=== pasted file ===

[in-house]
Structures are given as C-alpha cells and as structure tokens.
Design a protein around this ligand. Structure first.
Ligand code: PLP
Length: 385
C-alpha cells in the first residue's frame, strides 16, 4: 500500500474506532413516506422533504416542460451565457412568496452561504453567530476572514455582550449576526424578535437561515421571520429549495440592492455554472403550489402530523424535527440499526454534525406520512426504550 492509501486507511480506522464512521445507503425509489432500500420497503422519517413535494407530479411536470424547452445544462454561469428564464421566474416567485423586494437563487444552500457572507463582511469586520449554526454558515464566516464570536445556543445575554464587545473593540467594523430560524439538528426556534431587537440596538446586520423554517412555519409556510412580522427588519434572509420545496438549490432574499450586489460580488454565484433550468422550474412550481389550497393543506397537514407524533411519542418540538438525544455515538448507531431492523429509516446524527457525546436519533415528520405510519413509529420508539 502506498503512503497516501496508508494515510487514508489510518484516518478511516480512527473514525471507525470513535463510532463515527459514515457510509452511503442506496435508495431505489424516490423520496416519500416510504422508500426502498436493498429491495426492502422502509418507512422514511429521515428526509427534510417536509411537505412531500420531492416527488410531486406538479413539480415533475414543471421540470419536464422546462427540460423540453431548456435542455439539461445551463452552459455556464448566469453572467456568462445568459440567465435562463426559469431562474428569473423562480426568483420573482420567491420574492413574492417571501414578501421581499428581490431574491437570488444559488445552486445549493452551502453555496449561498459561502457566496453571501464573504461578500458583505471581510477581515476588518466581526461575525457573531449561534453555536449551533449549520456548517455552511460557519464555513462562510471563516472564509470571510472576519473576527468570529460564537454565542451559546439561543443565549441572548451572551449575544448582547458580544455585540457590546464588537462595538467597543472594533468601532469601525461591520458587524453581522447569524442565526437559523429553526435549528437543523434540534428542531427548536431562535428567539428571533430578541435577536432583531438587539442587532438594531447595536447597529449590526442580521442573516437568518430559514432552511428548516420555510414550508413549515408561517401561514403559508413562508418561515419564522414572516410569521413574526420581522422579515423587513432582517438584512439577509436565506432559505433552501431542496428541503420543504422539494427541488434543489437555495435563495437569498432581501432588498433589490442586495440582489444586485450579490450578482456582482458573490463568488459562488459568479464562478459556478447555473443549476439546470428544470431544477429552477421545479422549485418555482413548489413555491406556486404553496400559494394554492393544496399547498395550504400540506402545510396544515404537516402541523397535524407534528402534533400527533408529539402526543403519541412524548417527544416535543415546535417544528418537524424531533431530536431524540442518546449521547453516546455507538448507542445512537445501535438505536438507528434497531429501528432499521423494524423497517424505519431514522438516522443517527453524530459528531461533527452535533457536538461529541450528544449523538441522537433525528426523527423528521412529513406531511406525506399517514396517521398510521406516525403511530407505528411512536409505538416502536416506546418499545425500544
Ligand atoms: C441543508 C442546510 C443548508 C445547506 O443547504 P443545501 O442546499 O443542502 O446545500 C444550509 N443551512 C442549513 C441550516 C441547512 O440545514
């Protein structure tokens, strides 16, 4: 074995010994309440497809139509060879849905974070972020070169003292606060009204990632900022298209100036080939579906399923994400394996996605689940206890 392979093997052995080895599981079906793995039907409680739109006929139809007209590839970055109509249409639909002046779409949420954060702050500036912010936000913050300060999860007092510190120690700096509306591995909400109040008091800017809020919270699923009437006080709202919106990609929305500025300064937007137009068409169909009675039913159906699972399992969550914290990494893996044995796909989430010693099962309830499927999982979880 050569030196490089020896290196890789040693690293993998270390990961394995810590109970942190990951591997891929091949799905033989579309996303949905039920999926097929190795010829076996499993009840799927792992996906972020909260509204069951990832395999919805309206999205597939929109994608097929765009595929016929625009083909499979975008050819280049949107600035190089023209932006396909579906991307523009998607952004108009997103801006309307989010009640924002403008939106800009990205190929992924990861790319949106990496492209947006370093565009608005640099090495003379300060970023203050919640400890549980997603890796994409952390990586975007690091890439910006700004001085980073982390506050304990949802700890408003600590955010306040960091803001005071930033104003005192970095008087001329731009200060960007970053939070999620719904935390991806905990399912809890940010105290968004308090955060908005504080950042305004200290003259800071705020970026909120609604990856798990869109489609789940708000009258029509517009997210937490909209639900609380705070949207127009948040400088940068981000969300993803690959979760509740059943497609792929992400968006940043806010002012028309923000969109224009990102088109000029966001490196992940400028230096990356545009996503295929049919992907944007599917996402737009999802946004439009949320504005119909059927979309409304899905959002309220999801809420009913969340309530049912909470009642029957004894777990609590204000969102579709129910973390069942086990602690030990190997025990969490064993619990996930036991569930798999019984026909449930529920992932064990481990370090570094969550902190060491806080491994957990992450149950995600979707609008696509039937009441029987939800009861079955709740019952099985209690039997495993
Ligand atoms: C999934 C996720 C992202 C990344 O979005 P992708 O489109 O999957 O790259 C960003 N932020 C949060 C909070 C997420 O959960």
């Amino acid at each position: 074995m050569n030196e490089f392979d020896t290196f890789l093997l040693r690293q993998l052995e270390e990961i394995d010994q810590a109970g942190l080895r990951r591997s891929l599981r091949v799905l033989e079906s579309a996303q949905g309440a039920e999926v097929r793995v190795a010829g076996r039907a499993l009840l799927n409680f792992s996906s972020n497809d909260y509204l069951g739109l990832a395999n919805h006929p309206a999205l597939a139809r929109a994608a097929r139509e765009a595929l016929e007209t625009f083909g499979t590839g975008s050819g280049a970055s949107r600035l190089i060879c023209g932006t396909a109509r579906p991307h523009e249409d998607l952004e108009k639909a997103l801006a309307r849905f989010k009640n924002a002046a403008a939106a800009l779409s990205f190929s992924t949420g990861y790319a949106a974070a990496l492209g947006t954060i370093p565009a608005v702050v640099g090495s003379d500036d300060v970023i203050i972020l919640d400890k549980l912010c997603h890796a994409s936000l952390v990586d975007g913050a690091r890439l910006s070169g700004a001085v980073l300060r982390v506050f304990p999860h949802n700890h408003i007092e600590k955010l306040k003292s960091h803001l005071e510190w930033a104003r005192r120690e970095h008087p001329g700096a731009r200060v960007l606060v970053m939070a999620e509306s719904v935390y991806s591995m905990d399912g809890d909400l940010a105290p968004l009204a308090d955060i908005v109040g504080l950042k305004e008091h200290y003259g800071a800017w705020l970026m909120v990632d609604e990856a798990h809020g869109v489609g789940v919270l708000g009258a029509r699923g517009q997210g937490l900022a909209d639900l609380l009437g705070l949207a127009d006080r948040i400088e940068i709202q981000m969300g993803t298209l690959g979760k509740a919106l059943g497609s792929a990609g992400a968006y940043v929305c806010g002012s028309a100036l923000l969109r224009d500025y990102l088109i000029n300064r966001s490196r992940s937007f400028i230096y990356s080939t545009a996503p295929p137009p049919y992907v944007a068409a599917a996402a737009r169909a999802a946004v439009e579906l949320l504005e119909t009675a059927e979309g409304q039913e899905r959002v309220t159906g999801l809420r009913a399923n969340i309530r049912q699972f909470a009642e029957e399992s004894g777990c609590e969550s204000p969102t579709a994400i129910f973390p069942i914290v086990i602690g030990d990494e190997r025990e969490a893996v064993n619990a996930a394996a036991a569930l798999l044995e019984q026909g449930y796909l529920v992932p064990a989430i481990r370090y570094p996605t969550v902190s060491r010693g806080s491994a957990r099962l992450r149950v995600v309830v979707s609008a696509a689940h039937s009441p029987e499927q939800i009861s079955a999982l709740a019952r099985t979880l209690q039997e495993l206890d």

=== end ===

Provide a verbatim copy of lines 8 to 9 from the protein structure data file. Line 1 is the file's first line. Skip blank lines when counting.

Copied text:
């Protein structure tokens, strides 16, 4: 074995010994309440497809139509060879849905974070972020070169003292606060009204990632900022298209100036080939579906399923994400394996996605689940206890 392979093997052995080895599981079906793995039907409680739109006929139809007209590839970055109509249409639909002046779409949420954060702050500036912010936000913050300060999860007092510190120690700096509306591995909400109040008091800017809020919270699923009437006080709202919106990609929305500025300064937007137009068409169909009675039913159906699972399992969550914290990494893996044995796909989430010693099962309830499927999982979880 050569030196490089020896290196890789040693690293993998270390990961394995810590109970942190990951591997891929091949799905033989579309996303949905039920999926097929190795010829076996499993009840799927792992996906972020909260509204069951990832395999919805309206999205597939929109994608097929765009595929016929625009083909499979975008050819280049949107600035190089023209932006396909579906991307523009998607952004108009997103801006309307989010009640924002403008939106800009990205190929992924990861790319949106990496492209947006370093565009608005640099090495003379300060970023203050919640400890549980997603890796994409952390990586975007690091890439910006700004001085980073982390506050304990949802700890408003600590955010306040960091803001005071930033104003005192970095008087001329731009200060960007970053939070999620719904935390991806905990399912809890940010105290968004308090955060908005504080950042305004200290003259800071705020970026909120609604990856798990869109489609789940708000009258029509517009997210937490909209639900609380705070949207127009948040400088940068981000969300993803690959979760509740059943497609792929992400968006940043806010002012028309923000969109224009990102088109000029966001490196992940400028230096990356545009996503295929049919992907944007599917996402737009999802946004439009949320504005119909059927979309409304899905959002309220999801809420009913969340309530049912909470009642029957004894777990609590204000969102579709129910973390069942086990602690030990190997025990969490064993619990996930036991569930798999019984026909449930529920992932064990481990370090570094969550902190060491806080491994957990992450149950995600979707609008696509039937009441029987939800009861079955709740019952099985209690039997495993
Ligand atoms: C999934 C996720 C992202 C990344 O979005 P992708 O489109 O999957 O790259 C960003 N932020 C949060 C909070 C997420 O959960």